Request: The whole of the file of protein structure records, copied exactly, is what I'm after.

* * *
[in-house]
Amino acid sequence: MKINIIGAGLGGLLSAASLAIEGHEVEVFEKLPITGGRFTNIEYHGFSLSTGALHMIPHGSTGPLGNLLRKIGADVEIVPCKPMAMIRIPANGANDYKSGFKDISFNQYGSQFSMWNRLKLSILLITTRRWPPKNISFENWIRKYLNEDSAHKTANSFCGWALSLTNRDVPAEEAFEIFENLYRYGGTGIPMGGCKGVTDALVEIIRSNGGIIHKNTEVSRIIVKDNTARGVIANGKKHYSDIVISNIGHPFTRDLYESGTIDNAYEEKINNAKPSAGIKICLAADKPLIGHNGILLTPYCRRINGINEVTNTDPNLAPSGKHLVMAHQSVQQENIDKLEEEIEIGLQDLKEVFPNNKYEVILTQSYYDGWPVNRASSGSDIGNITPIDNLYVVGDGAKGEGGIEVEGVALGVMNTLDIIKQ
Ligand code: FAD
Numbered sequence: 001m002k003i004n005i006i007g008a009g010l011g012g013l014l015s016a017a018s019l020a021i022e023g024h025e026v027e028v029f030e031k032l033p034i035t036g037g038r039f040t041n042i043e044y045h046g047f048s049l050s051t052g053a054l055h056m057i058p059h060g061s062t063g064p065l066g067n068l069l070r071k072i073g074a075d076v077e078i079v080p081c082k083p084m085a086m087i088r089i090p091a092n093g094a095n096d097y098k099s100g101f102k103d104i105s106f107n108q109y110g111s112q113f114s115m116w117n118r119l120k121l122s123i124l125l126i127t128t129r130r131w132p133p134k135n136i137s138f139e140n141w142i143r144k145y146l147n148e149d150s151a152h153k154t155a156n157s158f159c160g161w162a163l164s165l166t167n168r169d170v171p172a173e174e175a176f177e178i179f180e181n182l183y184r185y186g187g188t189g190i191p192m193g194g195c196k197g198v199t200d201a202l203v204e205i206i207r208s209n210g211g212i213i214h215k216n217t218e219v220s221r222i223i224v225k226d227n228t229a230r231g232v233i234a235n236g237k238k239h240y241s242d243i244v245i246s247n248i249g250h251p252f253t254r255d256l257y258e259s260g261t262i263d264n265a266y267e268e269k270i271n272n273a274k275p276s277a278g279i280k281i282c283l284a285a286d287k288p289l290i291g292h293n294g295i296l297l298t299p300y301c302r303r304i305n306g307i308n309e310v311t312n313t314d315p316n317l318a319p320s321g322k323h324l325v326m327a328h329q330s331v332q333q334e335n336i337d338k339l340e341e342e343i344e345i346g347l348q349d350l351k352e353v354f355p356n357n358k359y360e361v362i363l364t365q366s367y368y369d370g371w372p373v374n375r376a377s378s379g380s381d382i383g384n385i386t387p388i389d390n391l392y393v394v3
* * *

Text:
[in-house]
Amino acid sequence: MKINIIGAGLGGLLSAASLAIEGHEVEVFEKLPITGGRFTNIEYHGFSLSTGALHMIPHGSTGPLGNLLRKIGADVEIVPCKPMAMIRIPANGANDYKSGFKDISFNQYGSQFSMWNRLKLSILLITTRRWPPKNISFENWIRKYLNEDSAHKTANSFCGWALSLTNRDVPAEEAFEIFENLYRYGGTGIPMGGCKGVTDALVEIIRSNGGIIHKNTEVSRIIVKDNTARGVIANGKKHYSDIVISNIGHPFTRDLYESGTIDNAYEEKINNAKPSAGIKICLAADKPLIGHNGILLTPYCRRINGINEVTNTDPNLAPSGKHLVMAHQSVQQENIDKLEEEIEIGLQDLKEVFPNNKYEVILTQSYYDGWPVNRASSGSDIGNITPIDNLYVVGDGAKGEGGIEVEGVALGVMNTLDIIKQ
Ligand code: FAD
Numbered sequence: 001m002k003i004n005i006i007g008a009g010l011g012g013l014l015s016a017a018s019l020a021i022e023g024h025e026v027e028v029f030e031k032l033p034i035t036g037g038r039f040t041n042i043e044y045h046g047f048s049l050s051t052g053a054l055h056m057i058p059h060g061s062t063g064p065l066g067n068l069l070r071k072i073g074a075d076v077e078i079v080p081c082k083p084m085a086m087i088r089i090p091a092n093g094a095n096d097y098k099s100g101f102k103d104i105s106f107n108q109y110g111s112q113f114s115m116w117n118r119l120k121l122s123i124l125l126i127t128t129r130r131w132p133p134k135n136i137s138f139e140n141w142i143r144k145y146l147n148e149d150s151a152h153k154t155a156n157s158f159c160g161w162a163l164s165l166t167n168r169d170v171p172a173e174e175a176f177e178i179f180e181n182l183y184r185y186g187g188t189g190i191p192m193g194g195c196k197g198v199t200d201a202l203v204e205i206i207r208s209n210g211g212i213i214h215k216n217t218e219v220s221r222i223i224v225k226d227n228t229a230r231g232v233i234a235n236g237k238k239h240y241s242d243i244v245i246s247n248i249g250h251p252f253t254r255d256l257y258e259s260g261t262i263d264n265a266y267e268e269k270i271n272n273a274k275p276s277a278g279i280k281i282c283l284a285a286d287k288p289l290i291g292h293n294g295i296l297l298t299p300y301c302r303r304i305n306g307i308n309e310v311t312n313t314d315p316n317l318a319p320s321g322k323h324l325v326m327a328h329q330s331v332q333q334e335n336i337d338k339l340e341e342e343i344e345i346g347l348q349d350l351k352e353v354f355p356n357n358k359y360e361v362i363l364t365q366s367y368y369d370g371w372p373v374n375r376a377s378s379g380s381d382i383g384n385i386t387p388i389d390n391l392y393v394v3